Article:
The Complex Levels of Content Curation and Vetting
In training and development, content is important. But finding (or creating) quality content is only the first step in the process of building a training library. Content curation (including content vetting) is just as crucial—and worth investing in.
Although many people talk about curation, few have come out and explicitly outlined what content curation is in a training context. Really, content curation is not all that different from, say, museum curation. A museum can gather a number of artifacts, but until the museum curator does his or her job, the museum simply has a collection. Once the curator gathers the items, sets them on display along a path that others will follow, and helps explain the items and their significance, what was previously a collection has now become a curated exhibit.
Something similar happens with content. The content itself is important, of course, but merely gathering the content together is insufficient for training. It gives you, at most, a content collection. To be maximally effective, content must be curated. This includes:
- Sorting and vetting the content to choose what is appropriate
- Figuring out how to store the content
- Figuring out how (and when) learners will access the content
- Putting the content in logical order and creating courses of study
- Providing context and commentary
- Empowering learners to also leave commentary
- Customizing content and courses for specific needs
Without curation, courses quickly become abandoned, content grows stale, and training becomes a mish-mash of tips and advice without any coherent organization.
Seeing the importance of curation, we can talk about various levels of curation that exist in some content collections. Spoiler alert: It turns out that a maximal level of curation is best, and these are usually provided by modern Learning Management Systems.
Level 1: No Content Curation
There are some situations where no curation occurs. This is usually the case when an organization has a “library” of physical content items: Books, DVDs, pamphlets, or (gasp) VHS tapes. In many cases, a well-intentioned person takes on the curation of this library to start, but, as time passes, that person leaves, gets busy, or simply becomes disinterested.
With no curation, learners might be able to access the content, but there is no organization and no sense of what content is needed for which people, nor when. If content is added to the library, it might be vetted, or it might not...there’s no way to tell.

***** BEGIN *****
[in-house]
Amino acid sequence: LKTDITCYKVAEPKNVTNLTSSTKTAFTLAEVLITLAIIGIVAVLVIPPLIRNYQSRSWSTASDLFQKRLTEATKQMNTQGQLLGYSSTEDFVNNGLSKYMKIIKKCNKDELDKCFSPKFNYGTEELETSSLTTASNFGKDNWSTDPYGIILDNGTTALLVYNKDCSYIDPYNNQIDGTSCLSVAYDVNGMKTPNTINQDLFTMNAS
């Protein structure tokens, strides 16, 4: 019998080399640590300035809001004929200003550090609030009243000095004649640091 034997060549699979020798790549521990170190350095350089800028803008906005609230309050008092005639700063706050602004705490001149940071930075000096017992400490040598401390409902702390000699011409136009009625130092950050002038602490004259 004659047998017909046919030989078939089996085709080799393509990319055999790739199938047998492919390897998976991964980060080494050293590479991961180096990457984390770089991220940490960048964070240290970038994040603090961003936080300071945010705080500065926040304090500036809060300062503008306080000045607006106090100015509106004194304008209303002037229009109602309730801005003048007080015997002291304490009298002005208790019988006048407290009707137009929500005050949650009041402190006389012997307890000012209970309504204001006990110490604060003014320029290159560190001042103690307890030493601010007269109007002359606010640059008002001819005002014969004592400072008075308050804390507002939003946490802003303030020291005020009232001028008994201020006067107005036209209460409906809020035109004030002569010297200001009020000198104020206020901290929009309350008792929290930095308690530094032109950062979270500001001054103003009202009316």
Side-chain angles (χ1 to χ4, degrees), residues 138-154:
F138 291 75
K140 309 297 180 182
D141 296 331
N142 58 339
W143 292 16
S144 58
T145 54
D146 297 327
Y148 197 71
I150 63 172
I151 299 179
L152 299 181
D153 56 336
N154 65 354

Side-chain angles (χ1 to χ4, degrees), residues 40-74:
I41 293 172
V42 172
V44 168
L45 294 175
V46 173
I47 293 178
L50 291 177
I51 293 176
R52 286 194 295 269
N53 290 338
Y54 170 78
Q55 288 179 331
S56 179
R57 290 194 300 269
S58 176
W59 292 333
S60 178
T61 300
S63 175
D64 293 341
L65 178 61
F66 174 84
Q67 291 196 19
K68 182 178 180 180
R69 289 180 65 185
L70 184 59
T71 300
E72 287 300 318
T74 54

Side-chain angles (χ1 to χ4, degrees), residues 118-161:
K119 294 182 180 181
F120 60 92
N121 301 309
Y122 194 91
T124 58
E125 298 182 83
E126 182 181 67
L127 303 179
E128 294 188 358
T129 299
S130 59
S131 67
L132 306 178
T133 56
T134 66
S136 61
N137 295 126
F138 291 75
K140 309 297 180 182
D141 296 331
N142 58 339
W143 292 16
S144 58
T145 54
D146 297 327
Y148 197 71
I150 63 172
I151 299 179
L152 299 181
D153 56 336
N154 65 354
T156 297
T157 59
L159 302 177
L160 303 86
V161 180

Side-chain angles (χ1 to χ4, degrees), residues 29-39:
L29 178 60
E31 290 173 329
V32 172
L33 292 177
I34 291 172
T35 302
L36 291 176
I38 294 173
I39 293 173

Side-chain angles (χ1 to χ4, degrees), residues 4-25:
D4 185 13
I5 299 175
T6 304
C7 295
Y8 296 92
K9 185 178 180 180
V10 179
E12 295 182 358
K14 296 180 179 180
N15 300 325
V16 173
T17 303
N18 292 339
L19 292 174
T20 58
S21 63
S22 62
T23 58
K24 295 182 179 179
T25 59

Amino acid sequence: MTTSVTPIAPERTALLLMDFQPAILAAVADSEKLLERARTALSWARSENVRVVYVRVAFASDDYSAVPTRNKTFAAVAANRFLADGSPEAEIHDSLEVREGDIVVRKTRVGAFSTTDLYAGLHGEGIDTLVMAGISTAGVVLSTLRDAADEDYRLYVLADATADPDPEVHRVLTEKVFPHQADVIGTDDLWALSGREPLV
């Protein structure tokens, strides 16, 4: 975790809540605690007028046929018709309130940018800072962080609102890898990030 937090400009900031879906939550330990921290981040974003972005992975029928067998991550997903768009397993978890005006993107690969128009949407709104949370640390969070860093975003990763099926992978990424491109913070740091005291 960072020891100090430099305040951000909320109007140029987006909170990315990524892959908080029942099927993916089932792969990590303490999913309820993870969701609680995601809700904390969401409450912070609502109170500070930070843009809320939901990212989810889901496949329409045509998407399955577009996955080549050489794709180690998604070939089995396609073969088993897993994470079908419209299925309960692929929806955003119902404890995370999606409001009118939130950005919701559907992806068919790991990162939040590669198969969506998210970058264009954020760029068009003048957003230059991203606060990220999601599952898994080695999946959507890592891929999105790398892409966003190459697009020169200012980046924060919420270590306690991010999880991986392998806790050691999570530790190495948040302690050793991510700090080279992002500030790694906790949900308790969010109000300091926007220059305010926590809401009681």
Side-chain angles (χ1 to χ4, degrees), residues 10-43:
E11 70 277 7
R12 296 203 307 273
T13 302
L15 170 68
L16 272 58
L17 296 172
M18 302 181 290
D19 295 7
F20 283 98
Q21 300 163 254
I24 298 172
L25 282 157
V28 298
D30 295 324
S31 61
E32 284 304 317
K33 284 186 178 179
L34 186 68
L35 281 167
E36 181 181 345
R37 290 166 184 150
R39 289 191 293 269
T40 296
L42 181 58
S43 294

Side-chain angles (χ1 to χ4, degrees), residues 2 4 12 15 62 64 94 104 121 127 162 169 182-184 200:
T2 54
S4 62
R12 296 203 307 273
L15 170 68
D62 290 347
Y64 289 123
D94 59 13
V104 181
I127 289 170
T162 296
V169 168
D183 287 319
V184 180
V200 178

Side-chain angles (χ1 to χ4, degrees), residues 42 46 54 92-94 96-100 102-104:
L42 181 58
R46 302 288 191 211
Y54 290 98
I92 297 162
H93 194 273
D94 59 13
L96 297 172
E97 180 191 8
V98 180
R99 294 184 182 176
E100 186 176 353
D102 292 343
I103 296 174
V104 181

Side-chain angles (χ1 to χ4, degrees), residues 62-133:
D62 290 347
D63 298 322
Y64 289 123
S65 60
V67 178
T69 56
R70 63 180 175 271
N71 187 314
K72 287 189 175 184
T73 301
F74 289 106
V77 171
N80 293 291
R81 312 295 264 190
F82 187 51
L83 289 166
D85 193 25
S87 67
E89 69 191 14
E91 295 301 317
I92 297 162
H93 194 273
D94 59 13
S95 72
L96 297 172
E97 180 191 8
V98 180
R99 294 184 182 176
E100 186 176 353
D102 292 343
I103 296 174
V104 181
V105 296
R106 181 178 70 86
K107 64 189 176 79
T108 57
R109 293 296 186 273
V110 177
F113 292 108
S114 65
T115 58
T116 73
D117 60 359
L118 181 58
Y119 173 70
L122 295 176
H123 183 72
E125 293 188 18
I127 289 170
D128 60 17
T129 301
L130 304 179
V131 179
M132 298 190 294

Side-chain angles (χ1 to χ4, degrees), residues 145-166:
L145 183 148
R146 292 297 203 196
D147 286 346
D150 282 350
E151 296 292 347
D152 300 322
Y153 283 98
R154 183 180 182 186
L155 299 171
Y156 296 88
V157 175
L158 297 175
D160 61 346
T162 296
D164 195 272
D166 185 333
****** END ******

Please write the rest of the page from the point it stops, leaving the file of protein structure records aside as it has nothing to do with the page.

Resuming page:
This isn’t to say that such a library is a bad thing. Having a content collection is better than no content at all. There is also something about owning physical copies of a book or DVD; some employees simply like to be handed their content to hold and carry. This is especially true of more seasoned employees, or those uncomfortable with using the internet.
Still, for this benefit to outweigh the costs, there needs to be an internal champion willing to organize the library, taking it to...
Level 2: Light Curation
Light curation includes some of the elements of a curated content collection, but not all or most. This often happens when content is merely “collected” from the internet.
Take, for example, a company that is interested in training videos but wants to get by as cheaply as possible. The sales manager finds a bunch of videos on sales tips on YouTube and sends the links around to the sales team. In this case, the sales manager has made a decision to use video and gives the team access to those videos. The team can watch them when convenient, and can even leave comments on YouTube’s platform (along with everyone else in the world).
The downside, of course, is that this content has not been vetted. Virtually anyone can post content, meaning that bias and conflicts of interest can sneak in. Furthermore, that content is the property of YouTube: There is no sense in which the sales manager owns the content. This means that YouTube (and the content’s poster) can change or remove the content without warning.